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1. WordNet® 3.0 (2006)
    n 1: any of various long-tailed rodents similar to but larger
         than a mouse
    2: someone who works (or provides workers) during a strike [syn:
       scab, strikebreaker, blackleg, rat]
    3: a person who is deemed to be despicable or contemptible;
       "only a rotter would do that"; "kill the rat"; "throw the bum
       out"; "you cowardly little pukes!"; "the British call a
       contemptible person a `git'" [syn: rotter, dirty dog,
       rat, skunk, stinker, stinkpot, bum, puke,
       crumb, lowlife, scum bag, so-and-so, git]
    4: one who reveals confidential information in return for money
       [syn: informer, betrayer, rat, squealer, blabber]
    5: a pad (usually made of hair) worn as part of a woman's
    v 1: desert one's party or group of friends, for example, for
         one's personal advantage
    2: employ scabs or strike breakers in
    3: take the place of work of someone on strike [syn: fink,
       scab, rat, blackleg]
    4: give (hair) the appearance of being fuller by using a rat
    5: catch rats, especially with dogs
    6: give away information about somebody; "He told on his
       classmate who had cheated on the exam" [syn: denounce,
       tell on, betray, give away, rat, grass, shit,
       shop, snitch, stag]

2. The Collaborative International Dictionary of English v.0.48
Rat \Rat\ (r[a^]t), n. [AS. r[ae]t; akin to D. rat, OHG. rato,
   ratta, G. ratte, ratze, OLG. ratta, LG. & Dan. rotte, Sw.
   r[*a]tta, F. rat, Ir. & Gael radan, Armor. raz, of unknown
   origin. Cf. Raccoon.]
   1. (Zool.) One of several species of small rodents of the
      genus Rattus (formerly included in Mus) and allied
      genera, of the family Muridae, distinguished from mice
      primarily by being larger. They infest houses, stores, and
      ships, especially the Norway rat, also called brown rat,
      (Rattus norvegicus formerly Mus decumanus), the black
      rat (Rattus rattus formerly Mus rattus), and the roof
      rat (formerly Mus Alexandrinus, now included in Rattus
      rattus). These were introduced into America from the Old
      World. The white rat used most commonly in laboratories is
      primarily a strain derived from Rattus rattus.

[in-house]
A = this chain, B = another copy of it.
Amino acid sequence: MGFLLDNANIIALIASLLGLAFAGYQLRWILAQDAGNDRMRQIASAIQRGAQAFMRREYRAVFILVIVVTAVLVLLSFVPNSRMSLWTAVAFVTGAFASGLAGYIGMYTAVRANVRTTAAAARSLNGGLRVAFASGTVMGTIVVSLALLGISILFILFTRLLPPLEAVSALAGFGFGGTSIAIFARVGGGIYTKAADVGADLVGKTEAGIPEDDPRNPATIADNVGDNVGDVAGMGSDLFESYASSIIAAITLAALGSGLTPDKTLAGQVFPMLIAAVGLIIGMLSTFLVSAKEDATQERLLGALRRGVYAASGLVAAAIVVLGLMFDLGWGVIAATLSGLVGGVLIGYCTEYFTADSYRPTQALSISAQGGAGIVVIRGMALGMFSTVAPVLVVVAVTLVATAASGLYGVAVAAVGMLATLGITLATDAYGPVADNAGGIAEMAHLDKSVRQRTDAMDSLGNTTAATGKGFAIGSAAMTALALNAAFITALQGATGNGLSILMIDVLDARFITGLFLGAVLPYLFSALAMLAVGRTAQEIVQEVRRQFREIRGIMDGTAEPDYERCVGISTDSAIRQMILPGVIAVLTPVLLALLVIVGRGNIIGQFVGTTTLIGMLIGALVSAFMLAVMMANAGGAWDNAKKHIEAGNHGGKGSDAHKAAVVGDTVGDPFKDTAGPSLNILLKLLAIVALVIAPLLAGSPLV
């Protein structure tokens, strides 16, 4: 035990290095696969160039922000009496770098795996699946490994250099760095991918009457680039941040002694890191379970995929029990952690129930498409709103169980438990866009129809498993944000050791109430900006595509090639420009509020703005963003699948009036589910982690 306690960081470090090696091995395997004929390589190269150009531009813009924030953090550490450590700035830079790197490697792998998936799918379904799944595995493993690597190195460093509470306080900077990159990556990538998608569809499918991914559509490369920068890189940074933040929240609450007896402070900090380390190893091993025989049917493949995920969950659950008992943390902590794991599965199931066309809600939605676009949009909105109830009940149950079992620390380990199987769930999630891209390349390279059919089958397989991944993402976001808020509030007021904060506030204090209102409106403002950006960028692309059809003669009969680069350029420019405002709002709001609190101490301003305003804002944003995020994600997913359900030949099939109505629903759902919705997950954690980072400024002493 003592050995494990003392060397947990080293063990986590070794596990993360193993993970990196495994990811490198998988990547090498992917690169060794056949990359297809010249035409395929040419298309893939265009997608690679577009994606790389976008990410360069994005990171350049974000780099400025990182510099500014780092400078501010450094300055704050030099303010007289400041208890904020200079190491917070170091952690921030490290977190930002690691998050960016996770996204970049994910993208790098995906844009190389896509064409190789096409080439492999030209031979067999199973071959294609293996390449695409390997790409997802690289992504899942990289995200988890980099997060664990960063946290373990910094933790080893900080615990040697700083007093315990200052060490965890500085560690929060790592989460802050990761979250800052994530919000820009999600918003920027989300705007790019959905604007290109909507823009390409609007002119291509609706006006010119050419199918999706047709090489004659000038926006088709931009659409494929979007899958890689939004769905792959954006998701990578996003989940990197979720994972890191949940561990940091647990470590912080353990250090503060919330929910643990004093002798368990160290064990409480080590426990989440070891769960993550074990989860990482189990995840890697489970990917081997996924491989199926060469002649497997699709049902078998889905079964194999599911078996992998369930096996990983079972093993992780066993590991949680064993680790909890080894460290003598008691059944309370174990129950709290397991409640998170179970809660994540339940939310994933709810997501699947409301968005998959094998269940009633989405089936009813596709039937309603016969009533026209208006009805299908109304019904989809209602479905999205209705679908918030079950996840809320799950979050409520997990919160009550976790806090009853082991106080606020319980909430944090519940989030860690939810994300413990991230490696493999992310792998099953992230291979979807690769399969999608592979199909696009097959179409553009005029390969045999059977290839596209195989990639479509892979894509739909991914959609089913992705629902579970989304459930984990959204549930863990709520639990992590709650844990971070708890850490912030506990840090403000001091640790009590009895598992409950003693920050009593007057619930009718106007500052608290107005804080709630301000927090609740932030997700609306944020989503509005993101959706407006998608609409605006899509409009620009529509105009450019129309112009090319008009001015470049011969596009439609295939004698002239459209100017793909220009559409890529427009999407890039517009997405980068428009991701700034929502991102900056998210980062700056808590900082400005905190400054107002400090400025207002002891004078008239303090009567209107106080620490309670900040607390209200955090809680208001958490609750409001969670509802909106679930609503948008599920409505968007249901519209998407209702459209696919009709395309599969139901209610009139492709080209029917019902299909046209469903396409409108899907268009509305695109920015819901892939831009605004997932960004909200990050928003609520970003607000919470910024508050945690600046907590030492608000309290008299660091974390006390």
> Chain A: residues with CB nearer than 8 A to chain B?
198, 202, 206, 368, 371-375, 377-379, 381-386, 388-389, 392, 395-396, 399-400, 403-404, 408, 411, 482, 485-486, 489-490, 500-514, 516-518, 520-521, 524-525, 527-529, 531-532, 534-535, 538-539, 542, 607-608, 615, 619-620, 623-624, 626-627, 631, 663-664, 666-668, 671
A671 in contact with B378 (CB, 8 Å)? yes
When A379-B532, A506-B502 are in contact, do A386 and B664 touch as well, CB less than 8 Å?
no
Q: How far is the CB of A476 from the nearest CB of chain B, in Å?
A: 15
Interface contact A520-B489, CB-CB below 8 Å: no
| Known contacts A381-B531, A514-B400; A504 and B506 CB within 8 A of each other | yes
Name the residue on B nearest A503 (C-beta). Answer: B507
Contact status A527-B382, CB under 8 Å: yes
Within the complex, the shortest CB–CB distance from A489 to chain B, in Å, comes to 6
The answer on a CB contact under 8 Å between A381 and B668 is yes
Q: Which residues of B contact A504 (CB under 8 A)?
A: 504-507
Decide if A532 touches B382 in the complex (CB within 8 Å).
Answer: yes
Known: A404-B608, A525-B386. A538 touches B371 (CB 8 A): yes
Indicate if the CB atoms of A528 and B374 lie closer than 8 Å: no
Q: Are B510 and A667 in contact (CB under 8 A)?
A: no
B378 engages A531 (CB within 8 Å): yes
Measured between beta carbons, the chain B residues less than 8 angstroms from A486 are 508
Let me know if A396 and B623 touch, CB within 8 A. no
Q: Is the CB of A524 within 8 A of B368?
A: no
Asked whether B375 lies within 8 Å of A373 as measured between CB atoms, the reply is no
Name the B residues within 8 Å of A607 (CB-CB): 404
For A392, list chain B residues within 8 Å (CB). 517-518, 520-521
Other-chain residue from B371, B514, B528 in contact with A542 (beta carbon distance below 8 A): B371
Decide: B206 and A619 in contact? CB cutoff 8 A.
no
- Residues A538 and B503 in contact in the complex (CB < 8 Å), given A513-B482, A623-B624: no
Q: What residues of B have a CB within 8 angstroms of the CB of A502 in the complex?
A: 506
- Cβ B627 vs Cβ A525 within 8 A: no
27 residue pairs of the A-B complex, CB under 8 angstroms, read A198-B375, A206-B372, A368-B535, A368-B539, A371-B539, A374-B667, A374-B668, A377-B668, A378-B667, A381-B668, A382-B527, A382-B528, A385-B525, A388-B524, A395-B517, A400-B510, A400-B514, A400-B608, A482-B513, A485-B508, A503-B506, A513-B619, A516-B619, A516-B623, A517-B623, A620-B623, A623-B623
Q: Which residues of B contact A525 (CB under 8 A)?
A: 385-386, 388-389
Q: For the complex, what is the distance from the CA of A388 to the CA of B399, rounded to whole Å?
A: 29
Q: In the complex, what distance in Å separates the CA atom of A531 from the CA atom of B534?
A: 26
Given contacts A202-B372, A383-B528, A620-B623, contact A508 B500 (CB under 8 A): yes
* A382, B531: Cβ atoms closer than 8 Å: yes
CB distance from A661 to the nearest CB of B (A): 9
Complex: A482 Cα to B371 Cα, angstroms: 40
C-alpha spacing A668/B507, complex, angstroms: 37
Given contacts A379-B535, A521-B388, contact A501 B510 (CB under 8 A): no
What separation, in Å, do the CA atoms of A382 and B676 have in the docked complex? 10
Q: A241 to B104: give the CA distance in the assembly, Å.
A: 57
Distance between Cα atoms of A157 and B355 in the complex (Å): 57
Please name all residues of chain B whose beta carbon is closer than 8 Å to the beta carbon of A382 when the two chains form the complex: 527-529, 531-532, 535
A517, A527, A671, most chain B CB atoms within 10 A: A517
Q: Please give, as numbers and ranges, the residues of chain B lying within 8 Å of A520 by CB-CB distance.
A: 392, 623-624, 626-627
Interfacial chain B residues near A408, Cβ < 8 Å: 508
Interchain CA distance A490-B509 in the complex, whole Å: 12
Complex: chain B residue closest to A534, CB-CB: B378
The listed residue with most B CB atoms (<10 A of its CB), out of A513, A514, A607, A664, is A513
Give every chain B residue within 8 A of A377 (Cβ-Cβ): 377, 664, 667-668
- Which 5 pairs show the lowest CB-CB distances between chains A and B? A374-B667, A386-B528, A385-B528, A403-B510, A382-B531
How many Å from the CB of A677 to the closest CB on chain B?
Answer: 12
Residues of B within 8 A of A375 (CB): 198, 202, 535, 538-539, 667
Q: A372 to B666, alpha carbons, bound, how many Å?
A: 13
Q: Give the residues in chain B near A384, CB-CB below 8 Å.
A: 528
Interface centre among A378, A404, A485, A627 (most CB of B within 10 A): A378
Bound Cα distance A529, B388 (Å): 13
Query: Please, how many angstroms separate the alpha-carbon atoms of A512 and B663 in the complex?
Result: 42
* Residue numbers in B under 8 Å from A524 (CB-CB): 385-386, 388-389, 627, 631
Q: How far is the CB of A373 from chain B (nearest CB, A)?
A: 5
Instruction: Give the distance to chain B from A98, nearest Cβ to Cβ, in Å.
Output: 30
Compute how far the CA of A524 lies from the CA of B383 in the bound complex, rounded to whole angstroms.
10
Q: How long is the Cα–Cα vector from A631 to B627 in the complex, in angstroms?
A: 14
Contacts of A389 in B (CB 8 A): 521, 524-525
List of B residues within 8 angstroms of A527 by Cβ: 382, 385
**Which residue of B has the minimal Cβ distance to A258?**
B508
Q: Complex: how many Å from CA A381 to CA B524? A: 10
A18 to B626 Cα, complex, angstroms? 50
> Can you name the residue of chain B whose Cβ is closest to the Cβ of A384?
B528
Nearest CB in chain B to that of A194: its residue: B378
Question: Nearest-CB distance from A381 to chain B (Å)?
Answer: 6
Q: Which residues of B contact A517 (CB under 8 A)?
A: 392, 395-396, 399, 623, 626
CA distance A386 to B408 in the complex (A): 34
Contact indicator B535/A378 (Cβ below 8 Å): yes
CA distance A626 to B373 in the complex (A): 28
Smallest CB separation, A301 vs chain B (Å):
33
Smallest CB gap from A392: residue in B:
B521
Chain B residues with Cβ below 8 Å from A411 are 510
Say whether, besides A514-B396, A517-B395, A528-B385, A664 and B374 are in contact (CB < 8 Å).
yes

[1913 Webster +PJC]

   2. A round and tapering mass of hair, or similar material,
      used by women to support the puffs and rolls of their
      natural hair. [Local, U.S.]
      [1913 Webster]

   3. One who deserts his party or associates; hence, in the
      trades, one who works for lower wages than those
      prescribed by a trades union. [Cant]
      [1913 Webster]

   Note: "It so chanced that, not long after the accession of
         the house of Hanover, some of the brown, that is the
         German or Norway, rats, were first brought over to this
         country (in some timber as is said); and being much
         stronger than the black, or, till then, the common,
         rats, they in many places quite extirpated the latter.
         The word (both the noun and the verb to rat) was first,
         as we have seen, leveled at the converts to the
         government of George the First, but has by degrees
         obtained a wider meaning, and come to be applied to any
         sudden and mercenary change in politics." --Lord Mahon.
         [1913 Webster]

   Bamboo rat (Zool.), any Indian rodent of the genus

   Beaver rat, Coast rat. (Zool.) See under Beaver and

   Blind rat (Zool.), the mole rat.

   Cotton rat (Zool.), a long-haired rat (Sigmodon
      hispidus), native of the Southern United States and
      Mexico. It makes its nest of cotton and is often injurious
      to the crop.

   Ground rat. See Ground Pig, under Ground.

   Hedgehog rat. See under Hedgehog.

   Kangaroo rat (Zool.), the potoroo.

   Norway rat (Zool.), the common brown rat. See Rat.

   Pouched rat. (Zool.)
      (a) See Pocket Gopher, under Pocket.
      (b) Any African rodent of the genus Cricetomys.

   Rat Indians (Ethnol.), a tribe of Indians dwelling near
      Fort Ukon, Alaska. They belong to the Athabascan stock.

   Rat mole. (Zool.) See Mole rat, under Mole.

   Rat pit, an inclosed space into which rats are put to be
      killed by a dog for sport.

   Rat snake (Zool.), a large colubrine snake (Ptyas
      mucosus) very common in India and Ceylon. It enters
      dwellings, and destroys rats, chickens, etc.

   Spiny rat (Zool.), any South American rodent of the genus

   To smell a rat. See under Smell.

   Wood rat (Zool.), any American rat of the genus Neotoma,
      especially Neotoma Floridana, common in the Southern
      United States. Its feet and belly are white.
      [1913 Webster]

3. The Collaborative International Dictionary of English v.0.48
Rat \Rat\, v. i. [imp. & p. p. Ratted; p. pr. & vb. n.
   1. In English politics, to desert one's party from interested
      motives; to forsake one's associates for one's own
      advantage; in the trades, to work for less wages, or on
      other conditions, than those established by a trades
      [1913 Webster]

            Coleridge . . . incurred the reproach of having
            ratted, solely by his inability to follow the
            friends of his early days.            --De Quincey.
      [1913 Webster]

   2. To catch or kill rats.
      [1913 Webster]

   2. To be an informer (against an associate); to inform (on an
      associate); to squeal; -- used commonly in the phrase to
      rat on.

4. V.E.R.A. -- Virtual Entity of Relevant Acronyms (February 2016)
       Register Allocation Table (Intel, CPU)

5. V.E.R.A. -- Virtual Entity of Relevant Acronyms (February 2016)
       Remote Access Tool

6. V.E.R.A. -- Virtual Entity of Relevant Acronyms (February 2016)
       Remote Access Trojan

Thesaurus Results for Rat:

1. Moby Thesaurus II by Grady Ward, 1.0
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